County pupils walk to school


By Eva Queen - equeen@civitasmedia.com



Fifth grade students run to the baseball field behind Rockford Elementary to participate in Walk-To-School event held across Surry County.


Entire school walks to baseball field and around the entire school as part of a count wide event for Walk-to School day.


Seeking to get students more active, area teachers, principals, and other school officials have been looking for fit, safe activities for their students.

Rockford Elementary took that a step further Wednesday, taking part in the national event, Walk to School Day.

“It’s so great to see the kids outside on such a beautiful day,” said Karen Eberdt, Project Lazarus coordinator for the Surry County Health and Nutrition Center, which worked with the schools in developing the event.

Recently the Surry County Schools Health Advisory Board met with Eberdt and Beth Johnson, active routes to schools coordinator, to discuss fun ideas and ways to get their students involved in National Walk to School Day.

In 2005 the North Carolina Department of Transportation and North Carolina Divison of Public Health, began a partnership with Active Routes to Schools. Active Routes to schools is an organized effort to increase safety for children who walk and bike to school, by raising awareness and providing those students with the information to choose the safest route.

“We are lucky to have such a supportive principal for physical activity,” said Deanna Fitzgerald, physical education teacher at Rockford Elementary.

Over the past few weeks the school’s officials have thought of how they can engage students in physical activity to participate in the national event. Together, Principal Molly Anderson and Fitzgerald decided to have students walk around the school and areas outside. Children were even allowed to stampede the hallways.

Although some students complained of being tired and their legs being sore from the physical activity, Eberdt cheered them on, “You guys are so awesome.”

Fitzgerald also reminded the students that the soreness was making them stronger as they worked their muscles.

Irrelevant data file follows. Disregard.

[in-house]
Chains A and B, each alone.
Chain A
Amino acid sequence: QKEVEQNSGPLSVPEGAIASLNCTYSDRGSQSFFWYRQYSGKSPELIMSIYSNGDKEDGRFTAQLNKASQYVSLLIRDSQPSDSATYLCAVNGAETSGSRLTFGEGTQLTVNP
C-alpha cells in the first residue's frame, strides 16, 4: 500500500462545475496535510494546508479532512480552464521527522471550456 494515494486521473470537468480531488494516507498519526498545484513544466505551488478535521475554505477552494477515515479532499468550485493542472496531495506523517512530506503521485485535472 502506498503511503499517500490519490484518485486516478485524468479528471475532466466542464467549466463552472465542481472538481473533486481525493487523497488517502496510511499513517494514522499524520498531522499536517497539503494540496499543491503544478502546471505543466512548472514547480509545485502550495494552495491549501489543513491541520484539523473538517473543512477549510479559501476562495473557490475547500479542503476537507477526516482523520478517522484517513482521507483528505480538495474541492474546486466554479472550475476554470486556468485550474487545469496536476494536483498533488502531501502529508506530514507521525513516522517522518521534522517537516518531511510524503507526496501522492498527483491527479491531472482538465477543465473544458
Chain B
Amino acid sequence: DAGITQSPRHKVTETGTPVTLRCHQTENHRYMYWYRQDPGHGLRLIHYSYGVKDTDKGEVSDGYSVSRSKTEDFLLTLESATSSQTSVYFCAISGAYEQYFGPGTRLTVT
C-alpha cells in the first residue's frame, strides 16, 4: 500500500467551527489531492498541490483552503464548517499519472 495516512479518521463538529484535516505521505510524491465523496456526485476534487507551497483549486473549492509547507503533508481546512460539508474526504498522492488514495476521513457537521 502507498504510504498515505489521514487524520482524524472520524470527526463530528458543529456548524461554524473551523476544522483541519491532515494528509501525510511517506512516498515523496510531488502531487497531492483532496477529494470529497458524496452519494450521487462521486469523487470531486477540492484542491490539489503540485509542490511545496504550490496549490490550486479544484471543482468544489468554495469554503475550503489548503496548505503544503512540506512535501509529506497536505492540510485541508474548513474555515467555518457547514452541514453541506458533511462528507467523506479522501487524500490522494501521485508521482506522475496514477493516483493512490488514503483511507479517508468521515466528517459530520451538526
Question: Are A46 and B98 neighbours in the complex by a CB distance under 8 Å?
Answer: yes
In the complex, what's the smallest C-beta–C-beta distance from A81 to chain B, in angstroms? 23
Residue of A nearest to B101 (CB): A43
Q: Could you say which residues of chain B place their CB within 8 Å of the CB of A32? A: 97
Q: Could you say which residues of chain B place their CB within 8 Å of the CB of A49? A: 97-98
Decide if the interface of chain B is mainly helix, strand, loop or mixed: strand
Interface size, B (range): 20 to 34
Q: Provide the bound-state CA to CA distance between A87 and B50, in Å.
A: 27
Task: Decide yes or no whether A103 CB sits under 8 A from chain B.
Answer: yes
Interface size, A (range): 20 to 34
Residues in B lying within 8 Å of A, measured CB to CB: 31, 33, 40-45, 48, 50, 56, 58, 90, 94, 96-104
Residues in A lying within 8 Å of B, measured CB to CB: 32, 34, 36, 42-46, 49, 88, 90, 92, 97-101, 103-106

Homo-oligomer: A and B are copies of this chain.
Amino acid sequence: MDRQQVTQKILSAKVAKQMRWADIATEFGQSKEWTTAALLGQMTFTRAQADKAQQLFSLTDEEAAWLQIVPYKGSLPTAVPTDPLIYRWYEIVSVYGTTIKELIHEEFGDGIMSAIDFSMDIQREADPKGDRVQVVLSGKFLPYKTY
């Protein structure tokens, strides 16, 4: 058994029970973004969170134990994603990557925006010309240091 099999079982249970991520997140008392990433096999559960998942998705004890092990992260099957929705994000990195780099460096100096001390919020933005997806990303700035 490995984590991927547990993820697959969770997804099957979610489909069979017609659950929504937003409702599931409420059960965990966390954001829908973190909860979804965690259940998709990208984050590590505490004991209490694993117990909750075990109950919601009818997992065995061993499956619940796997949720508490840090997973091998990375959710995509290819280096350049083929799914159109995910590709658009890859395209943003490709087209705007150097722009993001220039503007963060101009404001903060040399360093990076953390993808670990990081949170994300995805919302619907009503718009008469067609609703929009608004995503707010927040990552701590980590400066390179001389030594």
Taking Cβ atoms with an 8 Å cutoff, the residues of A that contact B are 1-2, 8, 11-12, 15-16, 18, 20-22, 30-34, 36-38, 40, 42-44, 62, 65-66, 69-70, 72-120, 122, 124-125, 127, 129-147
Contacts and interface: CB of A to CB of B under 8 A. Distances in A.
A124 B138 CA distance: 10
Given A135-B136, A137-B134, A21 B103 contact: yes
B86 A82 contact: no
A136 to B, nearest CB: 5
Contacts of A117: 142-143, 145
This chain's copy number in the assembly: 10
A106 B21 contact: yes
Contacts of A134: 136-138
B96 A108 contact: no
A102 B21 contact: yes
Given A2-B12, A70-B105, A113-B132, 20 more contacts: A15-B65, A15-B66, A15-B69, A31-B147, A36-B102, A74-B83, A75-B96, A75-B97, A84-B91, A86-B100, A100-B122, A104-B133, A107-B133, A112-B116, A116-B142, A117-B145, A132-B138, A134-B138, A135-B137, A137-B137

One teacher was heard telling her class, “keep walking, we haven’t made it to school yet.”

Walk to School Day in the USA began in 1997 as a one-day event aimed at building awareness for the need for walk-able communities, organized by the Partnership for a Walkable America,

In 2000, the event became international when the UK and Canada (both of which had already been promoting walking to school) and the USA joined together for the first International Walk to School Day.

In the USA and Canada, International Walk to School Day galvanizes visibility for walking and bicycling to school. Over time, this event has been part of a movement for year-round safe routes to school and a celebration each October. Wednesday, thousands of schools across America and in more than 40 countries worldwide celebrate walking to school every October.

The success of Walk to School Day, as well as continued interest in bicycling to school, created a desire for a national event focused on bicycling to school. This goal became reality in 2012, when the first National Bike to School Day took place on May 9, in coordination with the League of American Bicyclists’ National Bike Month.

Fifth grade students run to the baseball field behind Rockford Elementary to participate in Walk-To-School event held across Surry County.
http://www.mtairynews.com/wp-content/uploads/2015/10/web1_027.jpgFifth grade students run to the baseball field behind Rockford Elementary to participate in Walk-To-School event held across Surry County.

Entire school walks to baseball field and around the entire school as part of a count wide event for Walk-to School day.
http://www.mtairynews.com/wp-content/uploads/2015/10/web1_033.jpgEntire school walks to baseball field and around the entire school as part of a count wide event for Walk-to School day.

By Eva Queen

equeen@civitasmedia.com

Reach Eva Queen at (336) 415-4739 or on Twitter @MtAiryNewsEva

Reach Eva Queen at (336) 415-4739 or on Twitter @MtAiryNewsEva

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